This week, Esther Smith, partner at Thomas Eggar, and Martin Brewer, partner and employment law specialist at Mills & Reeve, advise on what to do if a manager is being implicated by other employees during the course of disciplinary proceedings.
A highly professional manager has been informed by a team member, who was being disciplined, that a colleague (of the manager’s) who was hearing/leading the disciplinary meeting had implied that the manager was involved.
The individual being disciplined also informed the manager that an employee representative had also tried to implicate the manager in an adjournment, which will not be in the meeting notes.
The manager concerned has raised their concern to their senior management team. In this situation, the manager has not been involved.
What is the legal position of the manager? What options are available to the manager?
Esther Smith, partner, Thomas Eggar
I am afraid that I am quite confused by your question, so hope the answer does actually address what you were asking! It appears that one or more employees are trying to implicate the manager either in the course of disciplinary proceedings or otherwise.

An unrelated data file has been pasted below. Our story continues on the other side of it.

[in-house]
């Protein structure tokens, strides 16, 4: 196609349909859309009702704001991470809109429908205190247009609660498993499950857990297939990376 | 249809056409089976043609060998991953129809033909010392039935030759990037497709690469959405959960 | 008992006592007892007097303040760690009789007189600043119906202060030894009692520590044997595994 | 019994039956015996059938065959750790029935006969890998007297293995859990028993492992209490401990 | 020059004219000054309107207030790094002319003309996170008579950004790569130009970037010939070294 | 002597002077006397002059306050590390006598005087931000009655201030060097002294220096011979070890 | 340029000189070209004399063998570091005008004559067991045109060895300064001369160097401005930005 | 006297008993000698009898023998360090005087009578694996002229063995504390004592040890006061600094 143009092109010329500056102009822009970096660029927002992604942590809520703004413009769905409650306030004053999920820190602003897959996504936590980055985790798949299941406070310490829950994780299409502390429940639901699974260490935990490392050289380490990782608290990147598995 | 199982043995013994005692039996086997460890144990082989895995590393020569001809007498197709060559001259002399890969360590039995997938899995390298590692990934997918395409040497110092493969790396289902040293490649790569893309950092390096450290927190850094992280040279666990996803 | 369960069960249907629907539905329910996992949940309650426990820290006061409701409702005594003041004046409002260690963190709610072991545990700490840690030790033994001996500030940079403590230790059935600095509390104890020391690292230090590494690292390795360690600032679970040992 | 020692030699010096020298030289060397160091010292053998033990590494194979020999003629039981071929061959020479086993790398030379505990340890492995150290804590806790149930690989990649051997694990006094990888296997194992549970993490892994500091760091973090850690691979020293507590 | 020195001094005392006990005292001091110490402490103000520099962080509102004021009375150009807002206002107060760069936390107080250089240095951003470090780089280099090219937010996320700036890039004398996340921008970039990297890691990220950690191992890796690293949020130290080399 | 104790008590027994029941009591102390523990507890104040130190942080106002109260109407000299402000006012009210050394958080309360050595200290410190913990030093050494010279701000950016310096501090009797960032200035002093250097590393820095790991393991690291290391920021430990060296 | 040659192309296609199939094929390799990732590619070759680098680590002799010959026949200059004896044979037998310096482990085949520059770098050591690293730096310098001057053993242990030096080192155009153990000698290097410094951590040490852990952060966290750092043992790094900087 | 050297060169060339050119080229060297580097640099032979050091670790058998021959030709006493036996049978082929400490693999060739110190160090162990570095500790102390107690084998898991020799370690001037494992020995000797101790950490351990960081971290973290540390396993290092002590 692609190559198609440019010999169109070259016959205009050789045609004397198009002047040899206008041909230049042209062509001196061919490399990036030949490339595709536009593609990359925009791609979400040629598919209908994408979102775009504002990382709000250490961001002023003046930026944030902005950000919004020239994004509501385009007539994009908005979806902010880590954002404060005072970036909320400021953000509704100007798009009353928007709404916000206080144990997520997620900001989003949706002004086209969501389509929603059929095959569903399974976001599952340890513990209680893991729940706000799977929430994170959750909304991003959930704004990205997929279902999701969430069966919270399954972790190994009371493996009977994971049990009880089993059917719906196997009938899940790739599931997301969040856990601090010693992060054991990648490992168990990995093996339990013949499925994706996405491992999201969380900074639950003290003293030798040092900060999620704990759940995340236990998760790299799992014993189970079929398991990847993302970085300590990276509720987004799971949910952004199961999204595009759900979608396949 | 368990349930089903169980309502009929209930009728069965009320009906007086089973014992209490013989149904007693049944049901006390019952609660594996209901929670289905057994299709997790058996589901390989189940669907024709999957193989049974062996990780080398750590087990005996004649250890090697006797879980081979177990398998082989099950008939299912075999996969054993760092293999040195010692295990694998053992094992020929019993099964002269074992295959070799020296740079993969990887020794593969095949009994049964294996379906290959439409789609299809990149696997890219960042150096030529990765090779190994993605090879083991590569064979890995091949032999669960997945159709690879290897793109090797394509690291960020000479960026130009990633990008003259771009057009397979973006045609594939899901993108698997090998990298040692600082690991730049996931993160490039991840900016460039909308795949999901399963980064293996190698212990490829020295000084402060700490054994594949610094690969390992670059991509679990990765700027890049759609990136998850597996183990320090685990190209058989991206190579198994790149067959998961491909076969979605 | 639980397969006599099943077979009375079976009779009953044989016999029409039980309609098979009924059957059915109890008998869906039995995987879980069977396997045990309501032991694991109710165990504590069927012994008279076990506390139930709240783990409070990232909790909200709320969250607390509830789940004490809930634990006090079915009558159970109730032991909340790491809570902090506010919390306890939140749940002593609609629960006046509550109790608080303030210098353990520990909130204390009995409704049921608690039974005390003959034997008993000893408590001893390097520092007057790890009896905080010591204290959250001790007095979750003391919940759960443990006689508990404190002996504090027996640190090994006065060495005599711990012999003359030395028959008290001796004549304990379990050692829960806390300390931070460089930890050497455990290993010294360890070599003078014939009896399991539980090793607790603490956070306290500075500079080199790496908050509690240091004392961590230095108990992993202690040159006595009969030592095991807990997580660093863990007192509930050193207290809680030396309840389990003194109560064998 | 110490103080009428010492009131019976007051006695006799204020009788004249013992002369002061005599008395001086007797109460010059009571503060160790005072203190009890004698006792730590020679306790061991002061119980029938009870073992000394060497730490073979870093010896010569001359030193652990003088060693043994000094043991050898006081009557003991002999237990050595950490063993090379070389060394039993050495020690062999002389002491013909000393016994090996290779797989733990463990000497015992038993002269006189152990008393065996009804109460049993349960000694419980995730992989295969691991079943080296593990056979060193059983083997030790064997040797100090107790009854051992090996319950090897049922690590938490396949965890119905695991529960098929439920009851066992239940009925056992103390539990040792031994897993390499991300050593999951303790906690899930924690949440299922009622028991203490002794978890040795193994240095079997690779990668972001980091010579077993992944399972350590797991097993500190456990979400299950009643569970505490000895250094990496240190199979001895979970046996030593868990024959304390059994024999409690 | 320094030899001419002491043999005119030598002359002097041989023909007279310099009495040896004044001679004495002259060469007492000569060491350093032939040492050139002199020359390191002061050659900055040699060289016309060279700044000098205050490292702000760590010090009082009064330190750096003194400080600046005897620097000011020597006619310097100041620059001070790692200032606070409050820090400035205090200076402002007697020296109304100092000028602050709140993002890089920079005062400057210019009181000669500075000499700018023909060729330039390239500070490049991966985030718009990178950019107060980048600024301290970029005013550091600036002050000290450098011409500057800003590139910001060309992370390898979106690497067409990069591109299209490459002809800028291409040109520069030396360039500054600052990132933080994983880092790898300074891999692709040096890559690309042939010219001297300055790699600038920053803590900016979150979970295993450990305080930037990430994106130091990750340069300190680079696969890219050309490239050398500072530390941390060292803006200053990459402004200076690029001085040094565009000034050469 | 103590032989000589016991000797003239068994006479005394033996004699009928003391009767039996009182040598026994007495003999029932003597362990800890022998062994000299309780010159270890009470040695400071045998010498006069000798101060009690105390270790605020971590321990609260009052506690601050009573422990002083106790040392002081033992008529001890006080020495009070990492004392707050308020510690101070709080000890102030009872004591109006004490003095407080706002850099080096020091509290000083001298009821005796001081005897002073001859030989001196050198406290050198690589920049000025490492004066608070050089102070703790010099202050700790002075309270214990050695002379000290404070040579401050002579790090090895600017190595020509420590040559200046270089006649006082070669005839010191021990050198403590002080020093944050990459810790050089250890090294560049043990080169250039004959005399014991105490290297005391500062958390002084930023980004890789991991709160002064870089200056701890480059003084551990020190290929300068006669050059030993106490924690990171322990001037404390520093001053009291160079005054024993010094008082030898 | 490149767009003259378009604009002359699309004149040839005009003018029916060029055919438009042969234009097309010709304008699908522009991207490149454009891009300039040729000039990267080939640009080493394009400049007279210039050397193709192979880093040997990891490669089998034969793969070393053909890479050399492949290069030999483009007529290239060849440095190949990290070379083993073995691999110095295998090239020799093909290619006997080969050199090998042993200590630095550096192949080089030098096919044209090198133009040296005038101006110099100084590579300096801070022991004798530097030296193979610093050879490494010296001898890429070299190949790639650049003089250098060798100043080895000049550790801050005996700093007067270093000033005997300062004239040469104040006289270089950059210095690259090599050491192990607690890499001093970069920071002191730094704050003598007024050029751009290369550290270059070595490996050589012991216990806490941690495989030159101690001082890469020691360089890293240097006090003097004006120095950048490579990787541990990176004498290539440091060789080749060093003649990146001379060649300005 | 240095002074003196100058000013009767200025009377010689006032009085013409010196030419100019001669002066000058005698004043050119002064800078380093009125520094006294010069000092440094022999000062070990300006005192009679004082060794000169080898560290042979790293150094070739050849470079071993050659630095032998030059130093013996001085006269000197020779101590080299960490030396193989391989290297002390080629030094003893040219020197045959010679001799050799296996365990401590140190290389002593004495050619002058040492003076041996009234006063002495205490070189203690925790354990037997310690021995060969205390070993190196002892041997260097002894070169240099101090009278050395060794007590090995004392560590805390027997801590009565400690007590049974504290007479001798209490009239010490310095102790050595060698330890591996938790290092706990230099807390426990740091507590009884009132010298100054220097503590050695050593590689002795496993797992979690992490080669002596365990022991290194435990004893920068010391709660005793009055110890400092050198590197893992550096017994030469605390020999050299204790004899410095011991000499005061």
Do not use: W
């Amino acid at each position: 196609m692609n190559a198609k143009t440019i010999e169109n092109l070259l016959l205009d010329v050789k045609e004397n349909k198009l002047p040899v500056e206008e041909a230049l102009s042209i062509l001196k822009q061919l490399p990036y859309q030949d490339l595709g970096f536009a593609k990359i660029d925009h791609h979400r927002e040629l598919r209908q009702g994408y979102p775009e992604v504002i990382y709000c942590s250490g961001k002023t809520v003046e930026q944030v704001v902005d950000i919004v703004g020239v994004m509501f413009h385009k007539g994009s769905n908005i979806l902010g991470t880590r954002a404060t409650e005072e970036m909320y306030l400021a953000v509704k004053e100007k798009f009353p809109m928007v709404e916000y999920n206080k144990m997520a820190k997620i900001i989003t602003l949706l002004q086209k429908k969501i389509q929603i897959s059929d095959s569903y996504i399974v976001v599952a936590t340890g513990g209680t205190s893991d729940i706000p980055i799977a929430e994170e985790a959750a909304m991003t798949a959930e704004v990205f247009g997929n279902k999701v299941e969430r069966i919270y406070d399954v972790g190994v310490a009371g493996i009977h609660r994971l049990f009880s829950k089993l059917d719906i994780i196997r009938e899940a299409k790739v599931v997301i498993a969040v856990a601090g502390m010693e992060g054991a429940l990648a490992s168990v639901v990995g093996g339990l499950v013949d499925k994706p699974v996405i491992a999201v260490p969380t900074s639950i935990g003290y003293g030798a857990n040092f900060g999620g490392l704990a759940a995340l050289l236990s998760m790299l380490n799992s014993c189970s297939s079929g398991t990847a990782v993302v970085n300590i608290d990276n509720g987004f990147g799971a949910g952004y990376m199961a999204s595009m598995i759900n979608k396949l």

If the manager has done nothing wrong then he/she should not have any concerns but is right to have raised this information with the senior management team. If the manager feels that the actions of the other employees requires further action on his/her part, to protect his/her own position and reputation, then he/she could of course raise a grievance with his/her employer against the other employees.
If it is the case, which is not altogether clear, that the manager is being accused of being involved in the disciplinary matter, then it is for those people hearing the disciplinary case against the other employee to decide whether or not there are grounds to progress disciplinary action against the manager.
If they take this action then the manager will have a full opportunity to make his/her case against the allegations at the disciplinary and will also have the right to appeal against any sanction imposed on him/her.
Esther Smith is a partner in Thomas Eggar’s Employment Law Unit. For further information please visit Thomas Eggar
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Martin Brewer, partner and employment law specialist, Mills and Reeve
The manager may, by raising their concerns with senior managers, have raised a grievance and if not, should do so. He/she needs to put their concerns in writing and ask that it be investigated and actioned. Other than that, he/she has the ability to speak directly to those involved should he/she wish.
Martin can be contacted at: [email protected]
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